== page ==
Bob Diaco

American football player and coach

Encyclopedia from Wikipedia, the free encyclopedia

Bob Diaco
Current position
TitleDefensive line coach
TeamNew Jersey Generals
Biographical details
Born (1973-02-19) February 19, 1973 (age 49)
Cedar Grove, New Jersey
Playing career
Coaching career (HC unless noted)
1996–1997Iowa (GA)
1999–2000Western Illinois (RB/ST)
2001Eastern Michigan (RB/ST)
2002Eastern Michigan (LB/ST)
2003Eastern Michigan (OLB/ST)
2004Western Michigan (LB/ST)
2005Central Michigan (co-DC/LB)
2006–2008Virginia (LB/ST)
2009Cincinnati (DC/ILB)
2010–2011Notre Dame (DC/ILB)
2012–2013Notre Dame (AHC/DC/LB)
2017Nebraska (DC)
2018Oklahoma (OLB)
2019Louisiana Tech (DC/LB)
2020Purdue (DC/LB)
2022–presentNew Jersey Generals (DL)
Head coaching record
Accomplishments and honors
Broyles Award (2012)

Robert Albert Diaco (born February 19, 1973) is an American football coach and a former linebacker who is the defensive line coach for the New Jersey Generals of the United States Football League (USFL). He played college football at the University of Iowa for coach Hayden Fry from 1992 to 1995. He then served as the head coach of the UConn Huskies (2014–2016).

Diaco was born in Cedar Grove, New Jersey. He attended Cedar Grove High School.[1] After graduation from high school in Cedar Grove in 1992, Diaco enrolled at the University of Iowa and played linebacker for the Hawkeyes, starting for two seasons. As a senior in 1995, he led Iowa to the 1995 Sun Bowl and was a two-time All-Big Ten Conference selection.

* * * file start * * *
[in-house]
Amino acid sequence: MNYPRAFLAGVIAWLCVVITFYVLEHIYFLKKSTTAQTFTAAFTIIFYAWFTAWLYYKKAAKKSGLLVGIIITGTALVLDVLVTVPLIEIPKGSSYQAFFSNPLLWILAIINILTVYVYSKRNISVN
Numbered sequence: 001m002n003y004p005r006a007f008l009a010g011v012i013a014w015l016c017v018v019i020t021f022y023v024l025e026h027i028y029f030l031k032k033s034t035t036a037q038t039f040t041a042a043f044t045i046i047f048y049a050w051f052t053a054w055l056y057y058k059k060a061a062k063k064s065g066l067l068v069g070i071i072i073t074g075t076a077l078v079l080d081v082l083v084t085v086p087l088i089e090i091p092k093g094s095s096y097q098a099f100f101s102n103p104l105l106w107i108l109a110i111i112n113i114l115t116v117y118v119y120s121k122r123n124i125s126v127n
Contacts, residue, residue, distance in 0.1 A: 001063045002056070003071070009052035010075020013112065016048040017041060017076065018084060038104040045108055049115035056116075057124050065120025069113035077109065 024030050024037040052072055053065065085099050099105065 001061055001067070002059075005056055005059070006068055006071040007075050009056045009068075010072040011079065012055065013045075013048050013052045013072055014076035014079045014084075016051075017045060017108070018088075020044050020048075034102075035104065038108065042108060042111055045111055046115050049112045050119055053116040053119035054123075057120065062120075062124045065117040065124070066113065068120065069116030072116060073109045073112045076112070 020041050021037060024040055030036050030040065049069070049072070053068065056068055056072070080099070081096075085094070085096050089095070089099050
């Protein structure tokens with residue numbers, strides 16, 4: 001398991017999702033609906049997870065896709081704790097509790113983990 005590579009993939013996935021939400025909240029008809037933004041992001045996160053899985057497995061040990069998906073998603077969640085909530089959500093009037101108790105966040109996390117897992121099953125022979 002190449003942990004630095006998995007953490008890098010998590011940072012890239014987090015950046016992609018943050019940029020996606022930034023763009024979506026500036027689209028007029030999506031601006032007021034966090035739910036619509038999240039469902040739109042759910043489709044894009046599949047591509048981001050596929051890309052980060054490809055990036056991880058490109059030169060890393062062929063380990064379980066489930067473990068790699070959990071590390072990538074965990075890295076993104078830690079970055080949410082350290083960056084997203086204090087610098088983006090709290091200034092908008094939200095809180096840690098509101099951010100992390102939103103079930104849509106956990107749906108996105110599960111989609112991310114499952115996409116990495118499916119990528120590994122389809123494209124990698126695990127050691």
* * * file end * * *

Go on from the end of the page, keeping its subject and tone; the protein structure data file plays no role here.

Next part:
He was previously an assistant at Western Illinois, Eastern Michigan, Central Michigan, Virginia, Cincinnati, Notre Dame, Nebraska, Oklahoma, Louisiana Tech and Purdue.

Playing career

Diaco played college football at the University of Iowa, under head coach Hayden Fry, who described Diaco as "extremely tough, very intelligent".[2] He was a two-time All-Big Ten selection as a linebacker and was named the team's co-MVP in 1995, starting in all 23 games over his junior and senior seasons. Diaco was teammates with Mike Devlin, Scott Slutzker, Danan Hughes, and Mike Wells.

Coaching career

Diaco began his coaching career in 1996 as a graduate assistant at Iowa. From 2001 to 2004, Diaco was an assistant coach at Eastern Michigan, coaching running backs, linebackers, and special teams. He became the linebackers and special teams coach at Virginia in 2006, coaching under Al Groh.


Diaco served as the defensive coordinator at Cincinnati in 2009 under Brian Kelly. Cincinnati finished the year ranked 44th in NCAA Division I-A in points allowed per game (23.1) and 23rd in sacks (37.0).

Notre Dame

Diaco followed Kelly to Notre Dame in 2010, taking the same position as defensive coordinator.[3] In 2012, Notre Dame finished the year ranked second in points allowed per game (12.8) and appeared in the 2013 BCS National Championship Game. Diaco was awarded the Broyles Award, which recognizes the top assistant coach in college football.[4]


In December 2013, Diaco became the head coach at the University of Connecticut, succeeding interim coach T. J. Weist, who replaced Paul Pasqualoni. Diaco was replaced at Notre Dame by Brian VanGorder.[5]

While at Connecticut, Diaco coined the term "Civil Conflict" to describe games between the Connecticut Huskies and the UCF Knights. This one-way declaration of a "rivalry" was first derided and then ignored by UCF.[6][7]


In 2015, Diaco's Huskies beat undefeated Houston 20–17 at Rentschler Field to make the Huskies bowl-eligible for the first time since Edsall left. At this point many UConn fans believed that Diaco was the future of the program after taking a 2–10 team to a bowl game the next year.


After an exciting 2015, the Huskies were projected to be bowl-eligible in 2016, but hope quickly faded after a weak win over FCS Maine, and a botched goal-to-go situation vs. Navy that would have put the Huskies at 2–0. The Huskies traveled to Houston at 2–2, but got blown out. UConn then went on to beat Cincinnati 20–9, but then lost out to finish 3–9.